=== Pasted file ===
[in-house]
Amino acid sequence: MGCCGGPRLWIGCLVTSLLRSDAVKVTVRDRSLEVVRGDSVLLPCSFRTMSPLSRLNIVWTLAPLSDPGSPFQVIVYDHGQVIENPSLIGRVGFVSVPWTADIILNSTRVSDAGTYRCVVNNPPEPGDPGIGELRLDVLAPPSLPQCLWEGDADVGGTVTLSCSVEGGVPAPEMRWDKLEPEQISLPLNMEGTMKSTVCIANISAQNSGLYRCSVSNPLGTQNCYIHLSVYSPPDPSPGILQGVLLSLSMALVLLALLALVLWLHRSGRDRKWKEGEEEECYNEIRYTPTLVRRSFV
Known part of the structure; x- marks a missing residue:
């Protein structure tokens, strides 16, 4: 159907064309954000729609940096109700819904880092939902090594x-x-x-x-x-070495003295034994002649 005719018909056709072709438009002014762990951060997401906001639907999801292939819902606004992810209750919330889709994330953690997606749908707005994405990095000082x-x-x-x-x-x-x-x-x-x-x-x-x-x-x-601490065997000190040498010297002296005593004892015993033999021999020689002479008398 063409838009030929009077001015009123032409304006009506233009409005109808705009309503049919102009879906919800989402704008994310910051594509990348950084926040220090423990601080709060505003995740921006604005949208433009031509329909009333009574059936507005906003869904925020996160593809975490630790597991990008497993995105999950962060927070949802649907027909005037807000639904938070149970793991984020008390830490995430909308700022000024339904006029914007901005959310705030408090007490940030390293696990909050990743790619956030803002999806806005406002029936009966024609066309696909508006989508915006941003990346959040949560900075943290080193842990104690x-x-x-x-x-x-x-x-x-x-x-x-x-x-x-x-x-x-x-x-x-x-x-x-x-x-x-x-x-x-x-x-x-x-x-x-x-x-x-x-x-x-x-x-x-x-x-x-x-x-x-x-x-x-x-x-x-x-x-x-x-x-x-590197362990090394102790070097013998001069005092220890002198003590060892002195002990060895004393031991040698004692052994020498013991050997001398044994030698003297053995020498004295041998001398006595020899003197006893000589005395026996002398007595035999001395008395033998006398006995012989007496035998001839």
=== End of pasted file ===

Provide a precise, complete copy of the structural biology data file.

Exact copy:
[in-house]
Amino acid sequence: MGCCGGPRLWIGCLVTSLLRSDAVKVTVRDRSLEVVRGDSVLLPCSFRTMSPLSRLNIVWTLAPLSDPGSPFQVIVYDHGQVIENPSLIGRVGFVSVPWTADIILNSTRVSDAGTYRCVVNNPPEPGDPGIGELRLDVLAPPSLPQCLWEGDADVGGTVTLSCSVEGGVPAPEMRWDKLEPEQISLPLNMEGTMKSTVCIANISAQNSGLYRCSVSNPLGTQNCYIHLSVYSPPDPSPGILQGVLLSLSMALVLLALLALVLWLHRSGRDRKWKEGEEEECYNEIRYTPTLVRRSFV
Known part of the structure; x- marks a missing residue:
């Protein structure tokens, strides 16, 4: 159907064309954000729609940096109700819904880092939902090594x-x-x-x-x-070495003295034994002649 005719018909056709072709438009002014762990951060997401906001639907999801292939819902606004992810209750919330889709994330953690997606749908707005994405990095000082x-x-x-x-x-x-x-x-x-x-x-x-x-x-x-601490065997000190040498010297002296005593004892015993033999021999020689002479008398 063409838009030929009077001015009123032409304006009506233009409005109808705009309503049919102009879906919800989402704008994310910051594509990348950084926040220090423990601080709060505003995740921006604005949208433009031509329909009333009574059936507005906003869904925020996160593809975490630790597991990008497993995105999950962060927070949802649907027909005037807000639904938070149970793991984020008390830490995430909308700022000024339904006029914007901005959310705030408090007490940030390293696990909050990743790619956030803002999806806005406002029936009966024609066309696909508006989508915006941003990346959040949560900075943290080193842990104690x-x-x-x-x-x-x-x-x-x-x-x-x-x-x-x-x-x-x-x-x-x-x-x-x-x-x-x-x-x-x-x-x-x-x-x-x-x-x-x-x-x-x-x-x-x-x-x-x-x-x-x-x-x-x-x-x-x-x-x-x-x-x-590197362990090394102790070097013998001069005092220890002198003590060892002195002990060895004393031991040698004692052994020498013991050997001398044994030698003297053995020498004295041998001398006595020899003197006893000589005395026996002398007595035999001395008395033998006398006995012989007496035998001839």